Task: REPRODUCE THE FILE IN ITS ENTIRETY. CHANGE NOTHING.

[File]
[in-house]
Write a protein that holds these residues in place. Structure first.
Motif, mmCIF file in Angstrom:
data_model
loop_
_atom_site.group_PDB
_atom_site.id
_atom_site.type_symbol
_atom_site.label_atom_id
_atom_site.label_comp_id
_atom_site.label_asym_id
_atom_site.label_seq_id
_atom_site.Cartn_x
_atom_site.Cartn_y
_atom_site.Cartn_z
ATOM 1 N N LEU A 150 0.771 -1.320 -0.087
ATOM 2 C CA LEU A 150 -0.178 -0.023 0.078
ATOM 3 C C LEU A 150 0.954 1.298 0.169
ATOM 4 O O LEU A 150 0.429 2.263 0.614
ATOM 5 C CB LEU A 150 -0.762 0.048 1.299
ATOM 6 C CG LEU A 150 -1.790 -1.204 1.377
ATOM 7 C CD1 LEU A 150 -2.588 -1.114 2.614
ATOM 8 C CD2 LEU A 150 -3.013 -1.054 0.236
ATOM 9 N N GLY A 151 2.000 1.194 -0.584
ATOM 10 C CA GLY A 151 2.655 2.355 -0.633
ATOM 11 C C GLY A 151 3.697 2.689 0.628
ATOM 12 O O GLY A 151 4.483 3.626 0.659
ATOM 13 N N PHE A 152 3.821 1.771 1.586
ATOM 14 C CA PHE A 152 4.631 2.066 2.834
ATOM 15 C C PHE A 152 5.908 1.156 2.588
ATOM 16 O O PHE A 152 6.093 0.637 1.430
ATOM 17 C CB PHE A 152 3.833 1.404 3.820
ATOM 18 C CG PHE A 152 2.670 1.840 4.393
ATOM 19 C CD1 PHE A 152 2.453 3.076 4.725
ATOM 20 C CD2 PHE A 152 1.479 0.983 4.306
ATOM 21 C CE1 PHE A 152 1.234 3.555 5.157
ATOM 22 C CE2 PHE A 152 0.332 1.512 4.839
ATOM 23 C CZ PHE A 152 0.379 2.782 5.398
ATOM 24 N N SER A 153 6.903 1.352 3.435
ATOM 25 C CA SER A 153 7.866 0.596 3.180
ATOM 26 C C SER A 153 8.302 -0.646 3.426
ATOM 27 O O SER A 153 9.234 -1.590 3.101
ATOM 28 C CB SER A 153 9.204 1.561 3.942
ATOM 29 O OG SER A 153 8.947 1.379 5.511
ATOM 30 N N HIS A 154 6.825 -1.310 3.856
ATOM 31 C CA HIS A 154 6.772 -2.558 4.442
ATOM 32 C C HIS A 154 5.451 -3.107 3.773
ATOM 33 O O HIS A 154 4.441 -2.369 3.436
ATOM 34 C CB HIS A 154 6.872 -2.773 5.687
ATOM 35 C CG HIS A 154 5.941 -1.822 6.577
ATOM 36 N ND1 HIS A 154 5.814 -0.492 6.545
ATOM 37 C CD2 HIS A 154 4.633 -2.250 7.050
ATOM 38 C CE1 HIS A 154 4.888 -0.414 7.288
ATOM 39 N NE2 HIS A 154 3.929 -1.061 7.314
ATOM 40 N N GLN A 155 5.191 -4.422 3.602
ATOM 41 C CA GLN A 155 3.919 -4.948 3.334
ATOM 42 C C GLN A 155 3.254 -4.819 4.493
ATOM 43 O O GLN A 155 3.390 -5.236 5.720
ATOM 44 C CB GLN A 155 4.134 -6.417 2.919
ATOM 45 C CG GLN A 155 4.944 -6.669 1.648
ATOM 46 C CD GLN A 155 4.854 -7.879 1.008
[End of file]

[in-house]
Write a protein that holds these residues in place. Structure first.
Motif, mmCIF file in Angstrom:
data_model
loop_
_atom_site.group_PDB
_atom_site.id
_atom_site.type_symbol
_atom_site.label_atom_id
_atom_site.label_comp_id
_atom_site.label_asym_id
_atom_site.label_seq_id
_atom_site.Cartn_x
_atom_site.Cartn_y
_atom_site.Cartn_z
ATOM 1 N N LEU A 150 0.771 -1.320 -0.087
ATOM 2 C CA LEU A 150 -0.178 -0.023 0.078
ATOM 3 C C LEU A 150 0.954 1.298 0.169
ATOM 4 O O LEU A 150 0.429 2.263 0.614
ATOM 5 C CB LEU A 150 -0.762 0.048 1.299
ATOM 6 C CG LEU A 150 -1.790 -1.204 1.377
ATOM 7 C CD1 LEU A 150 -2.588 -1.114 2.614
ATOM 8 C CD2 LEU A 150 -3.013 -1.054 0.236
ATOM 9 N N GLY A 151 2.000 1.194 -0.584
ATOM 10 C CA GLY A 151 2.655 2.355 -0.633
ATOM 11 C C GLY A 151 3.697 2.689 0.628
ATOM 12 O O GLY A 151 4.483 3.626 0.659
ATOM 13 N N PHE A 152 3.821 1.771 1.586
ATOM 14 C CA PHE A 152 4.631 2.066 2.834
ATOM 15 C C PHE A 152 5.908 1.156 2.588
ATOM 16 O O PHE A 152 6.093 0.637 1.430
ATOM 17 C CB PHE A 152 3.833 1.404 3.820
ATOM 18 C CG PHE A 152 2.670 1.840 4.393
ATOM 19 C CD1 PHE A 152 2.453 3.076 4.725
ATOM 20 C CD2 PHE A 152 1.479 0.983 4.306
ATOM 21 C CE1 PHE A 152 1.234 3.555 5.157
ATOM 22 C CE2 PHE A 152 0.332 1.512 4.839
ATOM 23 C CZ PHE A 152 0.379 2.782 5.398
ATOM 24 N N SER A 153 6.903 1.352 3.435
ATOM 25 C CA SER A 153 7.866 0.596 3.180
ATOM 26 C C SER A 153 8.302 -0.646 3.426
ATOM 27 O O SER A 153 9.234 -1.590 3.101
ATOM 28 C CB SER A 153 9.204 1.561 3.942
ATOM 29 O OG SER A 153 8.947 1.379 5.511
ATOM 30 N N HIS A 154 6.825 -1.310 3.856
ATOM 31 C CA HIS A 154 6.772 -2.558 4.442
ATOM 32 C C HIS A 154 5.451 -3.107 3.773
ATOM 33 O O HIS A 154 4.441 -2.369 3.436
ATOM 34 C CB HIS A 154 6.872 -2.773 5.687
ATOM 35 C CG HIS A 154 5.941 -1.822 6.577
ATOM 36 N ND1 HIS A 154 5.814 -0.492 6.545
ATOM 37 C CD2 HIS A 154 4.633 -2.250 7.050
ATOM 38 C CE1 HIS A 154 4.888 -0.414 7.288
ATOM 39 N NE2 HIS A 154 3.929 -1.061 7.314
ATOM 40 N N GLN A 155 5.191 -4.422 3.602
ATOM 41 C CA GLN A 155 3.919 -4.948 3.334
ATOM 42 C C GLN A 155 3.254 -4.819 4.493
ATOM 43 O O GLN A 155 3.390 -5.236 5.720
ATOM 44 C CB GLN A 155 4.134 -6.417 2.919
ATOM 45 C CG GLN A 155 4.944 -6.669 1.648
ATOM 46 C CD GLN A 155 4.854 -7.879 1.008